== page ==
Researchers are developing a technique for transplanting frozen testicular tissue to allow boys, rendered infertile by cancer treatment, to have children as adults.
Grady is not a baby monkey like the others: this young primate was born thanks to the transplantation of testicular tissues, taken from his father when he was young, and reimplanted to adulthood. The promising technique could help prevent children with cancer from being sterile in adulthood. The results of this experiment, conducted in the University of Pittsburgh School of Medicine, appeared in the journal Science.
In vitro fertilization
Kyle Orwig, director of research, and his team collected testicular tissue from five monkeys that were not yet of childbearing age: their testicles did not yet produce sperm. All these samples were frozen until puberty of the primates. There, they were grafted. Less than a year later, the tissues again produced testosterone and sperm. Scientists have used in vitro fertilization to create an embryo.
200 boys ready to benefit from this technique
Previously, scientists had already tested this technique on mice and pigs. Grady, born in April 2018, is under continuous observation and for a long time, because the researchers want to make sure that its development is normal before considering a development on the human.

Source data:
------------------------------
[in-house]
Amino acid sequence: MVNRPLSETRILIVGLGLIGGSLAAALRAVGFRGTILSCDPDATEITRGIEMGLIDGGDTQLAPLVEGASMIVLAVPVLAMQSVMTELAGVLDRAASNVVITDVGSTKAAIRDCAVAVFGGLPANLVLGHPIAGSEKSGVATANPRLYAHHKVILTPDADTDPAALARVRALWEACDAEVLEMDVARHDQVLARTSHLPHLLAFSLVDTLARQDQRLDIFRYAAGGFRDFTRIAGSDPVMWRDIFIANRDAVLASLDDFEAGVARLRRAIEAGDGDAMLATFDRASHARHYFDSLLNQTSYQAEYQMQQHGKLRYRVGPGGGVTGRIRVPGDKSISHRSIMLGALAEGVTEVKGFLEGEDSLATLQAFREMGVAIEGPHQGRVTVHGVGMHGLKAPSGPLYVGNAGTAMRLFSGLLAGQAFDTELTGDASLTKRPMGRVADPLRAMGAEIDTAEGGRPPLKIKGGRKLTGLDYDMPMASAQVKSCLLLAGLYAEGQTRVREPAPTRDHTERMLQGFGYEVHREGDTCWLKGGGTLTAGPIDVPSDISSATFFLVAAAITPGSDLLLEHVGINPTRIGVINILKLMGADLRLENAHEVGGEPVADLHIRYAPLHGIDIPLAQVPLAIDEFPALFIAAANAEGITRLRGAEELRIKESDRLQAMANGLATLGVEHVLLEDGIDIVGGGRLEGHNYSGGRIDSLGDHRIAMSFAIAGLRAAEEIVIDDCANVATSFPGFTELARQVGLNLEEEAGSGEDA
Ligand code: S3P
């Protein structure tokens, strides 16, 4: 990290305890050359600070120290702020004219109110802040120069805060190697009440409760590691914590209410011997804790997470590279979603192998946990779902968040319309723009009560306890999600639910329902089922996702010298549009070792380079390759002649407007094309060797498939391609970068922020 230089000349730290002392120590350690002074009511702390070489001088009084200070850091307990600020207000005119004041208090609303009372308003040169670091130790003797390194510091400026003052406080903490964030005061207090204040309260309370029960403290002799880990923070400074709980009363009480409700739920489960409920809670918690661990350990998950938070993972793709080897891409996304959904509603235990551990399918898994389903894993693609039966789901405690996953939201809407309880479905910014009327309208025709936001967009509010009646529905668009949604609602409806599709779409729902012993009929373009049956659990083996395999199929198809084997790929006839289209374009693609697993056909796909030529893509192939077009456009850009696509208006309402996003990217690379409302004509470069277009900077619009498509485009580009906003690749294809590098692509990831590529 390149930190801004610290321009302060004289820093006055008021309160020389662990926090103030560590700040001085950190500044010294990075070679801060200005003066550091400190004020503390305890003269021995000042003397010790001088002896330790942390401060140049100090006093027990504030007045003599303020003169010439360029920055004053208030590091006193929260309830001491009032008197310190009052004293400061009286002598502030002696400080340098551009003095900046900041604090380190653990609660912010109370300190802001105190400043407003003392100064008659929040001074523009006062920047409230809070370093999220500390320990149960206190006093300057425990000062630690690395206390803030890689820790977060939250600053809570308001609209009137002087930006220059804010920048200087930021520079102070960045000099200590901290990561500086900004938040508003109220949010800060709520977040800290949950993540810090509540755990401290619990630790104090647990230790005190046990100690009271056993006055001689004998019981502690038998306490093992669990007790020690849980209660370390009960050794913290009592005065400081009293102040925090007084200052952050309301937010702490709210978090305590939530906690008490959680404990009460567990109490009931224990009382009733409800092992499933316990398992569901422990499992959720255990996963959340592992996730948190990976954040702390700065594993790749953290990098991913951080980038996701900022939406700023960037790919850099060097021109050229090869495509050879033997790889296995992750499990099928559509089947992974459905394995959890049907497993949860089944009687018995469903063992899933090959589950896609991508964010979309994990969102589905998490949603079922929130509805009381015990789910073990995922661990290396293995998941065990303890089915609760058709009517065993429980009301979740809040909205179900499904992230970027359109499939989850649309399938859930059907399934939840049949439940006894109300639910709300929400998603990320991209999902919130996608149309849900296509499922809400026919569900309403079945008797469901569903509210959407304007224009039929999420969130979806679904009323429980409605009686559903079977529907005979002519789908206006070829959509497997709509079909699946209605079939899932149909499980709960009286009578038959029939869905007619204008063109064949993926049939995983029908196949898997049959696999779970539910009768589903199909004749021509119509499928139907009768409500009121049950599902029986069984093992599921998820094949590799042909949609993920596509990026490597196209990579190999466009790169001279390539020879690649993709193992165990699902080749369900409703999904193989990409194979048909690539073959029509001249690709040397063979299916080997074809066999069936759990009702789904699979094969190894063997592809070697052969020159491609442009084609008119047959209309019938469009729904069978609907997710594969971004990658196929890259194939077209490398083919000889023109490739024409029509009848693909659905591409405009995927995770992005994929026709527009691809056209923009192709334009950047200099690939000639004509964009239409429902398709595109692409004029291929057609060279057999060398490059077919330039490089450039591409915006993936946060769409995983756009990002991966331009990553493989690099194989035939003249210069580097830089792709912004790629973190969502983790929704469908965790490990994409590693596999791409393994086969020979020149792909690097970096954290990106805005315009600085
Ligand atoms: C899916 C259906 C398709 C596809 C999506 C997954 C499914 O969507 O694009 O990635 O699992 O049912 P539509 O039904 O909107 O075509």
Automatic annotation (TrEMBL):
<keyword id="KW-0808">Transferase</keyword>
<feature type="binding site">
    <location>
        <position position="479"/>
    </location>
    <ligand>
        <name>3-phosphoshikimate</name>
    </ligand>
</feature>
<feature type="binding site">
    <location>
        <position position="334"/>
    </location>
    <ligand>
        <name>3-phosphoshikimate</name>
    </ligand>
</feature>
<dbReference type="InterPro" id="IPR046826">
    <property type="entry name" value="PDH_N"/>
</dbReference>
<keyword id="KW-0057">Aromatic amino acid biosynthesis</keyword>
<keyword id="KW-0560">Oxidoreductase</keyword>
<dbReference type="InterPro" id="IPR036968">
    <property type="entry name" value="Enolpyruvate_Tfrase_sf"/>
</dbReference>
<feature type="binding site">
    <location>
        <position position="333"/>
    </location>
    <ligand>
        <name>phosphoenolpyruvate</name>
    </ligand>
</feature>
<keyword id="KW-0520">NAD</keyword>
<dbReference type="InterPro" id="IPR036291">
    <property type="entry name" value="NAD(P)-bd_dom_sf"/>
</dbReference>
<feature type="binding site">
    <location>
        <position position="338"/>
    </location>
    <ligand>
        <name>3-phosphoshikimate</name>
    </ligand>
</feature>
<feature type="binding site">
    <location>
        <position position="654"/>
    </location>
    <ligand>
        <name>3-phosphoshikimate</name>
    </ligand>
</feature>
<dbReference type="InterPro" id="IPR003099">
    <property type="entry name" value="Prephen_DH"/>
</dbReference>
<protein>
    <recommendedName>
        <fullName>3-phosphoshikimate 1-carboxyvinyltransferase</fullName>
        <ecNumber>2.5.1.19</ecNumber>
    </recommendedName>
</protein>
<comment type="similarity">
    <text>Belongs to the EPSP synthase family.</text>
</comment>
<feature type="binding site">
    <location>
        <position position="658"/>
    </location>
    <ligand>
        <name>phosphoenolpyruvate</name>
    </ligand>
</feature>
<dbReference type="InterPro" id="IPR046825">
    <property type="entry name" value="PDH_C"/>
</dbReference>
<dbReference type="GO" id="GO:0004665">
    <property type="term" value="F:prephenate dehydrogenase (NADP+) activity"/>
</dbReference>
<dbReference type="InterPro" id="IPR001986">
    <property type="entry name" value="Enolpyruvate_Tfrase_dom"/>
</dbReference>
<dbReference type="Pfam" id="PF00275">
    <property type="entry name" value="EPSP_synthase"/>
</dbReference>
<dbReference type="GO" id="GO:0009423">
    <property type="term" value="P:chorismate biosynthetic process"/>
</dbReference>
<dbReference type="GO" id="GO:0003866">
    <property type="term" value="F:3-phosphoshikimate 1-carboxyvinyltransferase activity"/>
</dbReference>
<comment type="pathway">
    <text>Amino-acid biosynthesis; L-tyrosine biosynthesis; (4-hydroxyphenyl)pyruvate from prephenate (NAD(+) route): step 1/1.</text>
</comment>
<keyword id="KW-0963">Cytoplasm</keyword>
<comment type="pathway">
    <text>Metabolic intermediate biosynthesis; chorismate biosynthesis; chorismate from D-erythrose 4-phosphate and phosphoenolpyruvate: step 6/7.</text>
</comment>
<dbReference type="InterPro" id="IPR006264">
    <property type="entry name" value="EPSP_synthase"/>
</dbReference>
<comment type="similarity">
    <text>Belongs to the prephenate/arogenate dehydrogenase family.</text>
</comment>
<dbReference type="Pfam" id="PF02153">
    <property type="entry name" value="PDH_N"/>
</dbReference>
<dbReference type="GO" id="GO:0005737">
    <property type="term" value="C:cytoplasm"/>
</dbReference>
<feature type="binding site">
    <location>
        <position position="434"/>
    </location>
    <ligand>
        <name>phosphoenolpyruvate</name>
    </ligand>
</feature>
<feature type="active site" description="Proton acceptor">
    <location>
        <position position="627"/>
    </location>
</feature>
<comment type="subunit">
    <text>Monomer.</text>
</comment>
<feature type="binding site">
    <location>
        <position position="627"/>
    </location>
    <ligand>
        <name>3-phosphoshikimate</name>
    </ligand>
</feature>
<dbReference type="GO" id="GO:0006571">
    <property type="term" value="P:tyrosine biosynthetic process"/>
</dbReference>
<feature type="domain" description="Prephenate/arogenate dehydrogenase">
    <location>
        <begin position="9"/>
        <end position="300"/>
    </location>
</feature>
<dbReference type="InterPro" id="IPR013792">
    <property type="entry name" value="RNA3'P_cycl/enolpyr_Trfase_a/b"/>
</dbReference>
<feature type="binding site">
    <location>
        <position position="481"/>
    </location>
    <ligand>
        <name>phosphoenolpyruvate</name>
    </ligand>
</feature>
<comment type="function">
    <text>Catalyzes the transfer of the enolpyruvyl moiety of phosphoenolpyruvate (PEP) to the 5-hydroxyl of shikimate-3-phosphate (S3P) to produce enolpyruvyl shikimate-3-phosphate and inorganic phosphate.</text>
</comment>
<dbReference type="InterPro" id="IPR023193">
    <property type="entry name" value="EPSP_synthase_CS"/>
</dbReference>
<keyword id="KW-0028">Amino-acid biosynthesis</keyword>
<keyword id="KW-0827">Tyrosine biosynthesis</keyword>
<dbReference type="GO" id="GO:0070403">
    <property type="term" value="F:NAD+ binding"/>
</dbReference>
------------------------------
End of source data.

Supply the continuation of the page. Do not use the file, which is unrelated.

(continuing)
30% of boys treated for cancer will be sterile at puberty, this is a side effect of chemotherapy. Thus, this method could allow them to have children as adults. Researchers have already anticipated this possibility: more than 200 boys, treated for cancer, have frozen testicular tissue in 2011, in order to have this method when it is available. According to Kyle Orwig, she could be here in 5 years.
In a study published in @sciencemagazine Kyle Orwig, PhD, wrote how a team of researchers from the US and Canada produced the first monkey from cryopreserved testicular tissue. //t.co/DoUZHuPMWT- UPMC Physician Ed (@UPMCPhysicianEd) March 22, 2019